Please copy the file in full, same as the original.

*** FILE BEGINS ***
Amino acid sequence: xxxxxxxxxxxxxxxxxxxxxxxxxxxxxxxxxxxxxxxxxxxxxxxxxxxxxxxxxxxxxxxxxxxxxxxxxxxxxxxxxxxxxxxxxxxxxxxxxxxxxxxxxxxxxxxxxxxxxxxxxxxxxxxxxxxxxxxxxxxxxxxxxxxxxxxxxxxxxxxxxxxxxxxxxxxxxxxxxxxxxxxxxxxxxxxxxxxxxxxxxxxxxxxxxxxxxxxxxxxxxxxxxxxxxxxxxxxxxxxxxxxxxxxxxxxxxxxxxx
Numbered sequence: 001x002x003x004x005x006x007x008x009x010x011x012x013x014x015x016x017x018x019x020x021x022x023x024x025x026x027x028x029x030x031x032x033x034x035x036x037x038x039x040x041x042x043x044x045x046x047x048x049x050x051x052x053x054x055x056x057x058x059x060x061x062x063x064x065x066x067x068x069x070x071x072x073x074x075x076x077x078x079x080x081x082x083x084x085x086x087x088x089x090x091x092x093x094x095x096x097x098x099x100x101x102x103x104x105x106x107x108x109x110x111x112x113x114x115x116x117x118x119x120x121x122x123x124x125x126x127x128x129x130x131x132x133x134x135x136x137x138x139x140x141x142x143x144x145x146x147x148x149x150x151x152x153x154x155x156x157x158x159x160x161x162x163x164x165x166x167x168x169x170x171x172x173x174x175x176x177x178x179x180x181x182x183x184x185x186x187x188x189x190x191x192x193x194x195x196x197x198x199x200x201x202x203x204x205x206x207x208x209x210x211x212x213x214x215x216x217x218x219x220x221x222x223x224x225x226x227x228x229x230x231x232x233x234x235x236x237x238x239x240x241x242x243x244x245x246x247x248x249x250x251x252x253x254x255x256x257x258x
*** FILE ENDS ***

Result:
Amino acid sequence: xxxxxxxxxxxxxxxxxxxxxxxxxxxxxxxxxxxxxxxxxxxxxxxxxxxxxxxxxxxxxxxxxxxxxxxxxxxxxxxxxxxxxxxxxxxxxxxxxxxxxxxxxxxxxxxxxxxxxxxxxxxxxxxxxxxxxxxxxxxxxxxxxxxxxxxxxxxxxxxxxxxxxxxxxxxxxxxxxxxxxxxxxxxxxxxxxxxxxxxxxxxxxxxxxxxxxxxxxxxxxxxxxxxxxxxxxxxxxxxxxxxxxxxxxxxxxxxxxx
Numbered sequence: 001x002x003x004x005x006x007x008x009x010x011x012x013x014x015x016x017x018x019x020x021x022x023x024x025x026x027x028x029x030x031x032x033x034x035x036x037x038x039x040x041x042x043x044x045x046x047x048x049x050x051x052x053x054x055x056x057x058x059x060x061x062x063x064x065x066x067x068x069x070x071x072x073x074x075x076x077x078x079x080x081x082x083x084x085x086x087x088x089x090x091x092x093x094x095x096x097x098x099x100x101x102x103x104x105x106x107x108x109x110x111x112x113x114x115x116x117x118x119x120x121x122x123x124x125x126x127x128x129x130x131x132x133x134x135x136x137x138x139x140x141x142x143x144x145x146x147x148x149x150x151x152x153x154x155x156x157x158x159x160x161x162x163x164x165x166x167x168x169x170x171x172x173x174x175x176x177x178x179x180x181x182x183x184x185x186x187x188x189x190x191x192x193x194x195x196x197x198x199x200x201x202x203x204x205x206x207x208x209x210x211x212x213x214x215x216x217x218x219x220x221x222x223x224x225x226x227x228x229x230x231x232x233x234x235x236x237x238x239x240x241x242x243x244x245x246x247x248x249x250x251x252x253x254x255x256x257x258x